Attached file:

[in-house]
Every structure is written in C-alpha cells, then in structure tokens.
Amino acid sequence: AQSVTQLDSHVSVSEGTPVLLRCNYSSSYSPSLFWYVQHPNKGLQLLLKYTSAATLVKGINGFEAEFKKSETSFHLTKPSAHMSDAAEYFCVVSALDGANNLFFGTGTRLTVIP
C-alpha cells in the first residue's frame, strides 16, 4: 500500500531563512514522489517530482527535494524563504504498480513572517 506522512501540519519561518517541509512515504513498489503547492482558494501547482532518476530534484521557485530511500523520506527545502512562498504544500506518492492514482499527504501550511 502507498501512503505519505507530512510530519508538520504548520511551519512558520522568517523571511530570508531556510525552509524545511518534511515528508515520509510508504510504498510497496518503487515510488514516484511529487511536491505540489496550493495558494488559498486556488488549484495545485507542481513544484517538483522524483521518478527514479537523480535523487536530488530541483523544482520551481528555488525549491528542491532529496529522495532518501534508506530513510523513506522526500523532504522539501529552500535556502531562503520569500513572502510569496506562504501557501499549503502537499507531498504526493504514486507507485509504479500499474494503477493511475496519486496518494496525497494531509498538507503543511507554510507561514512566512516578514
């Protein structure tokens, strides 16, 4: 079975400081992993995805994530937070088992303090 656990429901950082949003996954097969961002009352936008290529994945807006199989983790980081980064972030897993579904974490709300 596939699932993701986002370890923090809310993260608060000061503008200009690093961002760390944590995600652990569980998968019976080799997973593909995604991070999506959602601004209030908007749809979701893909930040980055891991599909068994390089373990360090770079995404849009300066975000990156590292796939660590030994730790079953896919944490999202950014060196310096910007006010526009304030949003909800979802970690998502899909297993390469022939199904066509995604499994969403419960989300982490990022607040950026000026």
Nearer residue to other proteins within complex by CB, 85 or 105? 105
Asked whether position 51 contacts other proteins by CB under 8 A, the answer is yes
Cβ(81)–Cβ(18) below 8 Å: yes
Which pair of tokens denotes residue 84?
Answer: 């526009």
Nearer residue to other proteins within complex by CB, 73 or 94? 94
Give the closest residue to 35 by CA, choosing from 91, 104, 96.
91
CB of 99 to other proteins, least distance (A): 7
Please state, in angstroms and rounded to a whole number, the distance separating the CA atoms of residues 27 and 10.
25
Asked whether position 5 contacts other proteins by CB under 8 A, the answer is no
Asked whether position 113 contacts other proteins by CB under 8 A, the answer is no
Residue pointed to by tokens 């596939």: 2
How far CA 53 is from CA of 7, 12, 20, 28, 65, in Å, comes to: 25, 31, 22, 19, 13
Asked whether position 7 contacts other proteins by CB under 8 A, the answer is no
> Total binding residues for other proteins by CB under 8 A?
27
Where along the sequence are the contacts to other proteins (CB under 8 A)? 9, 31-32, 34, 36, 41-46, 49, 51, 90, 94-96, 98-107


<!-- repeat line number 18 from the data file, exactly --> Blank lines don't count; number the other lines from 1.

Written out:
Asked whether position 113 contacts other proteins by CB under 8 A, the answer is no